An atmospheric general circulation model of intermediate complexity is used to investigate the origin and structure of the climate change in the second half of the twentieth century. The variability of the atmospheric flow is considered as a superposition of an internal part, due to intrinsic dynamical variability, and an external part, due to the variations of the sea surface temperature (SST) forcing. The two components are identified by performing a 50-member ensemble of atmospheric simulations with prescribed, observed SSTs in the period 1949–2002. The large number of realizations allows the estimation of statistics of the atmospheric variability with a high confidence level. The analysis performed focuses on interdecadal and interannual variability of 500 hPa geopotential height in the Northern Hemisphere (NH) during winter. The model reproduces well the structure of the observed trend (defined as the difference in the two 25-year intervals 1977–2001 and 1952–1976), particularly in the Pacific region, and about half of the amplitude of the signal. The trend in 500 hPa height projects mainly onto the second empirical orthogonal function (EOF), both in the observations and in the model ensemble. However, differences between the modelled and the observed variability are found in the pattern of the second EOF in the Atlantic sector. SST changes associated with the El Niño southern oscillation (ENSO) are responsible for about 50% of the signal of the 500 hPa height trend in the Pacific. A second 50-member ensemble is used to evaluate the sensitivity of interdecadal variability to an increase in CO2 optical depth compatible with observed concentration changes. In this second experiment, the simulated trend includes a statistically significant contribution from the positive phase of the Arctic oscillation (AO). Such a contribution is also found in observations. Furthermore, the additional CO2 forcing accounts for part of the NH trend in near-surface temperature, and brings the zonal-mean temperature changes in the stratosphere and upper-troposphere closer to observations.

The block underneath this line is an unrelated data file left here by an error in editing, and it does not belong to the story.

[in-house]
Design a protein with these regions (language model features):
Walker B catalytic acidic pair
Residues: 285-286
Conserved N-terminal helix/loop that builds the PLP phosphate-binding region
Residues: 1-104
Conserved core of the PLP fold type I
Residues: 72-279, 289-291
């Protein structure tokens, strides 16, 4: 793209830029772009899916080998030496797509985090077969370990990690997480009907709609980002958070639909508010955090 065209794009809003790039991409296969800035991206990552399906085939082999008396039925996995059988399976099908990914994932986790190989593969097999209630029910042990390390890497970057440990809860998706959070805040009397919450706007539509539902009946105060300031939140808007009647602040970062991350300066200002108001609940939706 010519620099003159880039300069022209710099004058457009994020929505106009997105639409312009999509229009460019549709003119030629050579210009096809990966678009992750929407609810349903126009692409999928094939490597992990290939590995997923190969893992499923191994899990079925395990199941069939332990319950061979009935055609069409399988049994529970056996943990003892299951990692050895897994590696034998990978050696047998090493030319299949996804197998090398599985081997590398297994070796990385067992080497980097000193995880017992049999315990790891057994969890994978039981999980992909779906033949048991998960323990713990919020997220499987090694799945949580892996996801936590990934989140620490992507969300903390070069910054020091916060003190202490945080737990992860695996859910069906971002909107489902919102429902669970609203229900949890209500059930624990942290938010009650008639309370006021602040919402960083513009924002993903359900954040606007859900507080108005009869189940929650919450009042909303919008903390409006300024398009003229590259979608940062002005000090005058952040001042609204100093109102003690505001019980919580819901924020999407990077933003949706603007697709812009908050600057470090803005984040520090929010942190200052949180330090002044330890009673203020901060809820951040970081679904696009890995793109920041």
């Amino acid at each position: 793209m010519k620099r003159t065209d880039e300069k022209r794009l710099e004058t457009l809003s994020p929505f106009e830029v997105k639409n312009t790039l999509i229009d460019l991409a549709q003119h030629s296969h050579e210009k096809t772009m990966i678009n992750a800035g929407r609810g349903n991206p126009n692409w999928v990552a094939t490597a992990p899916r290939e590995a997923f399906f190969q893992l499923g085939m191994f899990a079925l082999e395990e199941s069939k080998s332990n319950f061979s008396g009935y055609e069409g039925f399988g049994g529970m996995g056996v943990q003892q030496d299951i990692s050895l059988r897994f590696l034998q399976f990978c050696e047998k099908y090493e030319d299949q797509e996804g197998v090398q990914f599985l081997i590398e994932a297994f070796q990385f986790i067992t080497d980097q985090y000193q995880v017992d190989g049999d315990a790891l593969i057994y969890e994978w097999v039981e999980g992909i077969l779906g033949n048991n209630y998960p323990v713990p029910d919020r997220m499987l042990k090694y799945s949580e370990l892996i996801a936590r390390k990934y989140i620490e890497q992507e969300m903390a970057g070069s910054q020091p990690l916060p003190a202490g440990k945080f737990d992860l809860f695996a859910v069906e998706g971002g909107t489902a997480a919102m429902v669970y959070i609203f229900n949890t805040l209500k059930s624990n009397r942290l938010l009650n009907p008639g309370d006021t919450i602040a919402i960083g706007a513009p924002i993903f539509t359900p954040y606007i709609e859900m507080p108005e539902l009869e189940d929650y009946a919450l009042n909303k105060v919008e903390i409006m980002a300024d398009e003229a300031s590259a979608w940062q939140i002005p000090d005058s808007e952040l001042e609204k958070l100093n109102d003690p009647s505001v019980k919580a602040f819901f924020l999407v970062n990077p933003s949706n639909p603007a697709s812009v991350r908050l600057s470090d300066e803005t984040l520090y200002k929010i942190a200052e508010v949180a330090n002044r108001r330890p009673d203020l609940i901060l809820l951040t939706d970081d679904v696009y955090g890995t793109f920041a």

THE INFLUENCE OF INTERNAL VARIABILITYON CLIMATE PROJECTIONSA. Sorteberg (1), H. Drange (1,2,3), N. G. Kvamsto (1,3), T. Furevik (1,3)(1) Bjerknes Centre for Climate Research, University of Bergen, Norway, (2) NansenEnvironmental and Remote Sensing Center, Norway, (3) Geophysical Institute, University ofBergen, Norway

With identical greenhouse forcing climate models shows a wide range of responsesboth globally and regionally. This divergence from a single soulution may be partlydue todifferent model formulations and partly due to unpredicatbility of the climatesystem due to internal variability within the climate system itself. The contribution tothe total model spread from each of the two uncertainties is complex and dependenton type of climate variable, the strength of the greenhouse forcing as well as thespatial and temporal scales that are investigated.In order to estimate the contribution of the spread due to internal variability anensemble of simulations using one coupled climate model is performed. Thus theinfluence of intermodel differences on the spread is cancelled and it is possible tomake an estimate of the influence of internal variability on the climate projections.The ensemble was carried out with the coupled Bergen Climate Model (BCM) usingan atmospheric T63 truncation with 31 levels in the vertical and a variable ocean gridranging from 0.8 to 2.4 degrees and 24 vertical levels.The ensemble members have allbeen integrated with a 1% increase per year in CO2 content for 80 years, but startedin different initial ocean and atmosphere states
Member Since: Marzo 6, 2007 Posts: 0 Comments: 2212
78. crucilandia
06:37 PM GMT del 19 Dicembre 2008
heat content of the ocean is 10x that of the ATM. Why isn't it the other way around, the ocean is passing heat to the ATM?
Member Since: Marzo 6, 2007 Posts: 0 Comments: 2212
77. MichaelSTL
05:57 PM GMT del 19 Dicembre 2008
Also, I came across an interesting post here that mentions a trend towards a more La Nina-like state in the Pacific (as I read it) - since at least 1900 (I first noticed it here, though this was only since 1982):